An Energy/Jobs Program

An Energy/Jobs Program

America needs jobs, and working families are hurting. At the same time, the war in Iraq has heightened awareness of our dependence on foreign oil and the vulnerability of our energy system.


America needs jobs, and working families are hurting. At the same time, the war in Iraq has heightened awareness of our dependence on foreign oil and the vulnerability of our energy system. The time is right for a national commitment to energy independence on the scale of John Kennedy’s Apollo Project, which put a man on the moon. A bold program to advance energy efficiency and promote renewable energy, like wind and solar power, and drive investment into new technology and public infrastructure would create 2 million jobs and offer stimulus to our flagging economy.

At the time of the 1973 oil embargo, the United States imported 35 percent of its petroleum. Today we import well over half. Since we consume a quarter of the world’s oil yet have only 3 percent of its reserves, there’s no way we can solve this problem with more drilling at home. But our problems go deeper than oil: We use 25 percent of the world’s energy, nearly three times the amount of any other country, while deregulation has upset the energy sector and environmental impacts threaten to limit our growth.

For too long, Democrats have allowed the GOP to exploit old fault lines between economic populists and environmentalists, pitting jobs against the environment. But an energy Apollo project represents good policy and good politics. Clean energy means jobs rebuilding the infrastructure of our cities, supplying new markets for leading-edge technology and using skilled labor and ingenuity to replace waste and pollution. At a time when states and cities are struggling under the worst fiscal crisis since World War II, investing in energy savings offers both stimulus and budget relief. In the manufacturing sector, which has suffered 75 percent of the 2.7 million private-sector jobs lost since George W. Bush took office, new investment in energy efficiency could anchor existing plants and create demand for American-made technology.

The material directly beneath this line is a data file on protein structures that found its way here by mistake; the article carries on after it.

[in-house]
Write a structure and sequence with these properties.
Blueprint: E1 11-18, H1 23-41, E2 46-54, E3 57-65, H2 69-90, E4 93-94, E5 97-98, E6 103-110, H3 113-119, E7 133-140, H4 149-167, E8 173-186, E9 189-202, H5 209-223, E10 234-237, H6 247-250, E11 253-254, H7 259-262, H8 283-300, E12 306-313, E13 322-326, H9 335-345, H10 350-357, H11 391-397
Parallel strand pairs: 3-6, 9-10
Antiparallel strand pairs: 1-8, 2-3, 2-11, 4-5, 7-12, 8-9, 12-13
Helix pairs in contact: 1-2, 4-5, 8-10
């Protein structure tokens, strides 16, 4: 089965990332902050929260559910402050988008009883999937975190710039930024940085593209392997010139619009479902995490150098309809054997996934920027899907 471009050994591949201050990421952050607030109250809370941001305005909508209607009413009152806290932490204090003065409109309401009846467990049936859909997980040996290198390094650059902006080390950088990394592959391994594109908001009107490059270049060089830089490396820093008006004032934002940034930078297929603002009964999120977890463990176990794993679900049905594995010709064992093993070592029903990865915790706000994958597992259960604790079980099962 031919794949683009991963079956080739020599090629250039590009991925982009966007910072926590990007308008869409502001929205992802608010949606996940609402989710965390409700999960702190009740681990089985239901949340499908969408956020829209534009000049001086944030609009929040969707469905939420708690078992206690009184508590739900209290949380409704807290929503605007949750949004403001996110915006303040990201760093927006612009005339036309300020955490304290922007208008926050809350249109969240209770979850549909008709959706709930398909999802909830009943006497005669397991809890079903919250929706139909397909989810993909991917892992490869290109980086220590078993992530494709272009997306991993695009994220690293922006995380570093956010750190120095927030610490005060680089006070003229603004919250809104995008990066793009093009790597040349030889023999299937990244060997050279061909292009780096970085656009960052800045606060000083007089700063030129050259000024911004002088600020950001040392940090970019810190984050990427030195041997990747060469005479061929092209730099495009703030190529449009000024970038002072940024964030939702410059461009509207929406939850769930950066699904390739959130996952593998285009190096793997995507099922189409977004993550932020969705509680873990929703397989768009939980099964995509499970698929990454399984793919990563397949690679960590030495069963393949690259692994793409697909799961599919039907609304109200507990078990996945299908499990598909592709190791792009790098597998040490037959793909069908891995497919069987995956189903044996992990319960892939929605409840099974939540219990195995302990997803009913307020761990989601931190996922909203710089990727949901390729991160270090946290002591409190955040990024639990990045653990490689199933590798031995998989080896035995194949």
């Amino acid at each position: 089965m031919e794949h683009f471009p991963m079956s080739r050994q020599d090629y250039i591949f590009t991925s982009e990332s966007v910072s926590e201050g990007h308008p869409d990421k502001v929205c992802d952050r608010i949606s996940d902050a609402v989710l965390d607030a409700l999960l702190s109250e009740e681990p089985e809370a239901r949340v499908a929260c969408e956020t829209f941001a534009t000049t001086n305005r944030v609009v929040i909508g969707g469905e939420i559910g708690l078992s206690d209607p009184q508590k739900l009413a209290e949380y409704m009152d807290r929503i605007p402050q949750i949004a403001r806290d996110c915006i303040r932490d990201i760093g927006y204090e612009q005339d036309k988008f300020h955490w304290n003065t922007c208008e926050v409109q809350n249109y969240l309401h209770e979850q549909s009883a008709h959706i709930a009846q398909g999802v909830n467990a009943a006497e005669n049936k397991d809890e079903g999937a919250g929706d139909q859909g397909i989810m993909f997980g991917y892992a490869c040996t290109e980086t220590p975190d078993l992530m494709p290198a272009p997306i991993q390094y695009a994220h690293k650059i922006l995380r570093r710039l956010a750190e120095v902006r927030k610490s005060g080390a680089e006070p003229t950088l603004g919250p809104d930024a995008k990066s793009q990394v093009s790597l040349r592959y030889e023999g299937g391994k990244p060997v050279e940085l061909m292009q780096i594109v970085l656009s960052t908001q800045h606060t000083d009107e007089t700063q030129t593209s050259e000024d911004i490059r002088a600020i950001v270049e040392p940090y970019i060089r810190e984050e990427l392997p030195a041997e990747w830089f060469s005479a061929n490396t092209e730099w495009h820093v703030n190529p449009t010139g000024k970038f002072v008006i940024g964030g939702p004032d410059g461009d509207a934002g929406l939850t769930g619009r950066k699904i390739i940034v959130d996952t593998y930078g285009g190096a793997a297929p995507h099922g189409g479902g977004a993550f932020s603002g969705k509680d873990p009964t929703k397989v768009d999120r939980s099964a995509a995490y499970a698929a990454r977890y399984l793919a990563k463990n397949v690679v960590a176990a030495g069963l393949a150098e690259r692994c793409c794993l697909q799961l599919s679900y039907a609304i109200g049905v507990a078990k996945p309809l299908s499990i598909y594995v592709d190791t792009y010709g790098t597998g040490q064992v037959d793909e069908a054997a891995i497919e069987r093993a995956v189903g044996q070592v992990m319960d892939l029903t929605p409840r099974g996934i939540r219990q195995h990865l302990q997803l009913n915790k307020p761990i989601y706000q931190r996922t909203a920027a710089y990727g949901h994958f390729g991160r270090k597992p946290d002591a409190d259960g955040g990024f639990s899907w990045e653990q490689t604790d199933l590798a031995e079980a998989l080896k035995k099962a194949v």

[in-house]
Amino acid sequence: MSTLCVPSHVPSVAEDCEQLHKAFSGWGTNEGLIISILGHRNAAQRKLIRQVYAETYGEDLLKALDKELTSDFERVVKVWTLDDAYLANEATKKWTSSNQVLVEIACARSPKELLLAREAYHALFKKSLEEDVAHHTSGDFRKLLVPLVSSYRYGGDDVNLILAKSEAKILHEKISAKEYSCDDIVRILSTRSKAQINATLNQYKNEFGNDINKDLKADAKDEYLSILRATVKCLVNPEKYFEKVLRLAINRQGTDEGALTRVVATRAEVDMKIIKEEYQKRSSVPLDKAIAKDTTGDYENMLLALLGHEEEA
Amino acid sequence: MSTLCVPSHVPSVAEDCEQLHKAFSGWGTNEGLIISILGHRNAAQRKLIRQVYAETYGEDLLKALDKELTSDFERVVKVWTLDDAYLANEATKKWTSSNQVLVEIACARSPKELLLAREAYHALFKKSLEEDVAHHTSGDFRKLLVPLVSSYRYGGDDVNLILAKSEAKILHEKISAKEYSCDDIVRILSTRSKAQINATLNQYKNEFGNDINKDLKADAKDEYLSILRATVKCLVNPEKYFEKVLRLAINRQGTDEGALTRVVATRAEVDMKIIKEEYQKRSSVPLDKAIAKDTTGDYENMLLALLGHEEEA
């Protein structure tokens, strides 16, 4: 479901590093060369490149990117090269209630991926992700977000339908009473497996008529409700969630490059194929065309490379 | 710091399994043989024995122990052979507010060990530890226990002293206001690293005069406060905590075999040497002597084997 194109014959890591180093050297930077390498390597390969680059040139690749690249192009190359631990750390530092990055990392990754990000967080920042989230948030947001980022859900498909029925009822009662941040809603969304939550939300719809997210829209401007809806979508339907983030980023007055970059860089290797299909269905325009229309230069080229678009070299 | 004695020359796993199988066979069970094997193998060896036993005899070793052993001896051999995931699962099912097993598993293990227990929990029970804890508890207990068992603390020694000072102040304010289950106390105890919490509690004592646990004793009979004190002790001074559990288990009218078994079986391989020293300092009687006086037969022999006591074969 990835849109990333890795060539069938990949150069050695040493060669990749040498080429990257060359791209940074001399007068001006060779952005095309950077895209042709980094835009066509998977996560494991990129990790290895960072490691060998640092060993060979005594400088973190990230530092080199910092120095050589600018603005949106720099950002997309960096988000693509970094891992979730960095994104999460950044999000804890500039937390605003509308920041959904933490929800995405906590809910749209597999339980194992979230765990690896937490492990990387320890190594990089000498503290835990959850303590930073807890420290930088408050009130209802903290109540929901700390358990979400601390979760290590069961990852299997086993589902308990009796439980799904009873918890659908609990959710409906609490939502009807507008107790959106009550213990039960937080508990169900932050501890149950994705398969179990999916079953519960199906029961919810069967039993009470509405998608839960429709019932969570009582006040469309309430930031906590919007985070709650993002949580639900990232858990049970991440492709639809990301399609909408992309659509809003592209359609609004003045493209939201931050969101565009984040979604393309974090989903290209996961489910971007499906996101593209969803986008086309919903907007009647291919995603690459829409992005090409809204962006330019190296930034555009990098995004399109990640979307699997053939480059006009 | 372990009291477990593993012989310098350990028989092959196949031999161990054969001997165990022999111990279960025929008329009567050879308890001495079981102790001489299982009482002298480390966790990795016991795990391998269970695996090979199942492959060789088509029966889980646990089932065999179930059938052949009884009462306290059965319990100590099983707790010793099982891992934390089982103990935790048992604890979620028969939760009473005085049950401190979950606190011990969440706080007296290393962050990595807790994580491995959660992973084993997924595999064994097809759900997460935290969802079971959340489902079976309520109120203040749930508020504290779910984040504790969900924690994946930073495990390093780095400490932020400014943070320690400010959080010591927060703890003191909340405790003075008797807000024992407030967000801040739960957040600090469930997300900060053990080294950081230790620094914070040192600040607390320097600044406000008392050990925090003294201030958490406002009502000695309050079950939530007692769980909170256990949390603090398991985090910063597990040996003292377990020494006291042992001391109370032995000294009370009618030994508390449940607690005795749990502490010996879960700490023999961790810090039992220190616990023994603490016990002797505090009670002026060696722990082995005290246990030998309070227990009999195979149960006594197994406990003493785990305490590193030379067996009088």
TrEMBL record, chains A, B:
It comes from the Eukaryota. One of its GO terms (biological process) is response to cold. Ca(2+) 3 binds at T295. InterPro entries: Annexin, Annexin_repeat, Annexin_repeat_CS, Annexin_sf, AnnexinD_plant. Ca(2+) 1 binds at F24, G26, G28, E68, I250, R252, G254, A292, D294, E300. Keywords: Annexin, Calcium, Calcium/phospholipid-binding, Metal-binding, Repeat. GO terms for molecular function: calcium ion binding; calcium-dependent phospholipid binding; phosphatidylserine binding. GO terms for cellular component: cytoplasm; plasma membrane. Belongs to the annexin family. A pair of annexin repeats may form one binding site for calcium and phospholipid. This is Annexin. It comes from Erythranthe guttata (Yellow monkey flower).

A recent poll in the swing state of Pennsylvania showed strong approval among voters–72 percent supported a federal program to invest $200-$300 billion in energy independence. Even more striking, support for an energy Apollo program jumped to 81 percent among non-college educated Democratic white men–a segment of the population that often breaks with progressives and that could determine the outcome of the next election. These “Reagan Democrats” have been burned by the current economy, and they respond to a message of hope for good jobs and reinvestment. Democratic presidential candidates, led by Dick Gephardt and John Kerry, have made major policy addresses calling for large-scale public programs to achieve energy independence. Gephardt predicts that “alternative energy has the potential to be America’s largest growth market and job producer in the next ten years.”